When a Problem is Attacked at the Root, It Is Eradicated

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Assoumanou Nihade, lauréate du concours Blog4Dev auTogo Assoumanou Nihade, lauréate du concours Blog4Dev auTogo

She: “Nana, can you tell me again how Togo managed to end early marriage?  I never get tired of hearing you talk about it.”

Me: “But I’ve told you a thousand and one times! Let’s switch roles—you will tell me about it and that will let me know whether you were listening carefully all the other times.”

She: “Okay, Nana. I want you to listen well.”

I would simply smile at her …

She: “For a very long time, people sought to end early marriage and its negative effects. However, when the problem appeared to be resolved once and for all, the figures showed that the struggle was far from over. People therefore understood that the problem had to be attacked at the root in order to eradicate it. And do you know what was done?”

Me (pretending not to know): “No, but I’m waiting on you to tell me.”

She: “Well, in this country, the problem was much more common in Muslim communities and was rooted in customs and traditions. The first step therefore was to get the traditional and religious leaders on board by organizing open discussions in French and in the local languages. The purpose of these discussions was to explain the reasons for the opposition to early marriage and to call on these leaders to join in the effort to combat it. It was not easy but it was important to enlist their support. The next step was the start of awareness-raising work in the villages. Local languages were used to explain the effects of these marriages on the health and future of young girls, the victims of this practice. There were also discussions between the men and a moderator to convey the values held by ‘real men’—those who do not ruin the future of their little sisters or daughters but instead help build one for them. And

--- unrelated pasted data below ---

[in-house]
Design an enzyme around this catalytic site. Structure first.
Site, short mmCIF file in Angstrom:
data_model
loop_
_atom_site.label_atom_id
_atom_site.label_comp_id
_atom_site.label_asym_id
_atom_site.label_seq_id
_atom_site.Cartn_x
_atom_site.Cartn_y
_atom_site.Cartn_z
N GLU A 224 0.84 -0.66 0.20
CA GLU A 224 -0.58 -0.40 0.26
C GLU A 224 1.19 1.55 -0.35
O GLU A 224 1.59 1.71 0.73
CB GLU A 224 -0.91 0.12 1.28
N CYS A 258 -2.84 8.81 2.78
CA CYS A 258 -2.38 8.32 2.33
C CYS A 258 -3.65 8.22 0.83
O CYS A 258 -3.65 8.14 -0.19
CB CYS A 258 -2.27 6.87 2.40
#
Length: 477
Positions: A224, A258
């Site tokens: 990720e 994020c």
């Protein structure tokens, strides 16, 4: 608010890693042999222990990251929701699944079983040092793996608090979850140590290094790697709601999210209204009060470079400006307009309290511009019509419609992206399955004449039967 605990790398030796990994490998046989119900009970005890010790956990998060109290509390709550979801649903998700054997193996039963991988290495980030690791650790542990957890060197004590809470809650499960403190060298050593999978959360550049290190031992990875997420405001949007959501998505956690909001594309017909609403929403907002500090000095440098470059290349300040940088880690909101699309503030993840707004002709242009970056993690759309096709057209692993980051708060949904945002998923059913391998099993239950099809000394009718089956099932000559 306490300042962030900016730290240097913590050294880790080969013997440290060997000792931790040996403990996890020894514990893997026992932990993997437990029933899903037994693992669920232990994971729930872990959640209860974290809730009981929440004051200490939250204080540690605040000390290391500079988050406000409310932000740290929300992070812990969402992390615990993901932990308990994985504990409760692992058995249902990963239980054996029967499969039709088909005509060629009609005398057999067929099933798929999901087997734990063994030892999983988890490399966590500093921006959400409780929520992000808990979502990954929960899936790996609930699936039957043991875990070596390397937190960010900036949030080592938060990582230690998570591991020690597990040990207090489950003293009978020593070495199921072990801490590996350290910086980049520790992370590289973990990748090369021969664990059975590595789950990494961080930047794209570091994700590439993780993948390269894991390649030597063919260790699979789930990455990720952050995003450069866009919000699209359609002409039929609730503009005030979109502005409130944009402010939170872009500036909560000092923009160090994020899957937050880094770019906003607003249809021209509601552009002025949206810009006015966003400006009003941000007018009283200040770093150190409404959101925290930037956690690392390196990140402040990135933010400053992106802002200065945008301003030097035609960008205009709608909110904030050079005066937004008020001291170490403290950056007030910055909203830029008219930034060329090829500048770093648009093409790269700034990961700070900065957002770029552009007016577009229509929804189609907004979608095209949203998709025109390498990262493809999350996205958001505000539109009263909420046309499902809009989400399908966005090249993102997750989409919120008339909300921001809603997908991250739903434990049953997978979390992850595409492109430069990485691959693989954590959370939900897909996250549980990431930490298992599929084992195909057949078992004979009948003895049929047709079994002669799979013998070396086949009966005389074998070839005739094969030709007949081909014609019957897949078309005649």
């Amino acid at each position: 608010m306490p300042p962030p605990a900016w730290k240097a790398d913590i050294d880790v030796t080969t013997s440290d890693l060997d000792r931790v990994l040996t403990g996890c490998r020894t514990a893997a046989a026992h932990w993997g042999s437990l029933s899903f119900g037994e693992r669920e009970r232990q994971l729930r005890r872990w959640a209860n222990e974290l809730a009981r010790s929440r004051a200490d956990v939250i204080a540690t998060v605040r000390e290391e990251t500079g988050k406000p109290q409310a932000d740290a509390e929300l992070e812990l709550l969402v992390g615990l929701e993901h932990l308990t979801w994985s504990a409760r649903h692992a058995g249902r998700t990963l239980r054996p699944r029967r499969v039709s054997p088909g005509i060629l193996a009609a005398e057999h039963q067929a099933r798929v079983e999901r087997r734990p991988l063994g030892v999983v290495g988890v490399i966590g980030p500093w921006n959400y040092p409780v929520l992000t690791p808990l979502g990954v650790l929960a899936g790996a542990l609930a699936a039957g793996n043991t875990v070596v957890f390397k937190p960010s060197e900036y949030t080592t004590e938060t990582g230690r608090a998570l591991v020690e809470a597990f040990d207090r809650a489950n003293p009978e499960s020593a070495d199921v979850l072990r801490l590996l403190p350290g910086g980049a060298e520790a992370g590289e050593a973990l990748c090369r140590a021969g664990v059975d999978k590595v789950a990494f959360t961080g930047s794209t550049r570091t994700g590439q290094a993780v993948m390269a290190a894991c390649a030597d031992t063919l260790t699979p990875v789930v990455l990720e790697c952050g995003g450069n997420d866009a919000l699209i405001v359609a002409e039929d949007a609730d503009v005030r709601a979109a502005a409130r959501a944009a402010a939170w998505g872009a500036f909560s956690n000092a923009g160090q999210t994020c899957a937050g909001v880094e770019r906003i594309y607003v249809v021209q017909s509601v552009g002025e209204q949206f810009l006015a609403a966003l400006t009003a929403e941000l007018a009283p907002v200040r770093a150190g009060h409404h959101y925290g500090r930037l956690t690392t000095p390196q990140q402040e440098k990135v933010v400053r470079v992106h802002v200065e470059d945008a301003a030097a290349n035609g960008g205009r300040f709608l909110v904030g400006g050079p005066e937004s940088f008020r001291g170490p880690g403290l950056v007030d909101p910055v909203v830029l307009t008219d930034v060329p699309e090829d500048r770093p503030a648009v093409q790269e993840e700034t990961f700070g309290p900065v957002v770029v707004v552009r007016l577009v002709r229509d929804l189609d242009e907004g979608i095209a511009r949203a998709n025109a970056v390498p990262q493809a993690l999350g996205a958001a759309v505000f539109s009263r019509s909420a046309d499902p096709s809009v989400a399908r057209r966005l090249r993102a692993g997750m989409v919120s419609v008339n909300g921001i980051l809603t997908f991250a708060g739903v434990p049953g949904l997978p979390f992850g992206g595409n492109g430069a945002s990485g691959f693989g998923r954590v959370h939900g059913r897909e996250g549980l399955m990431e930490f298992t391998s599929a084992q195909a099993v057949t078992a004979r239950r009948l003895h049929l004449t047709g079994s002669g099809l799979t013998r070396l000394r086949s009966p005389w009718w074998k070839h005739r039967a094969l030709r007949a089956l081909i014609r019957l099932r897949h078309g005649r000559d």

since the religious leaders were also involved, it was not uncommon to hear Imams deliver awareness-raising sermons on this issue during prayers in order to explain that the incorrect interpretation of religious passages was also behind this practice. And the most fascinating and innovative development was that in the different communities, community or village chiefs appointed persons who were supposed to serve as their eyes and ears. They were young people who monitored what was happening and had to report to the chiefs as soon as they got wind of the fact that preparations for the marriage of a minor were underway. Because of these informers, several young girls were rescued and once their parents and future husbands were arrested by the local authorities, they were ordered to perform community service. At the same time, girls throughout the country were provided with reproductive health education and access so as to avoid early pregnancies, often one of the reasons for early marriage. And because young adolescent girls often appear to be older than they are, a new law made it mandatory to present the birth certificates of the future spouses to the authorities for both traditional and religious marriages, in order to prove that they were not underage. This led to improvement in the birth registration system.

Me: “This did not happen overnight, you know. It was a long struggle that also drew its strength from the different programs to combat poverty and hunger, which were being carried out at the same time.”

This is the discussion I hope to have with my young daughter in 2050. I cling to hope because when the roots of a tree are destroyed, it topples and does not grow back.


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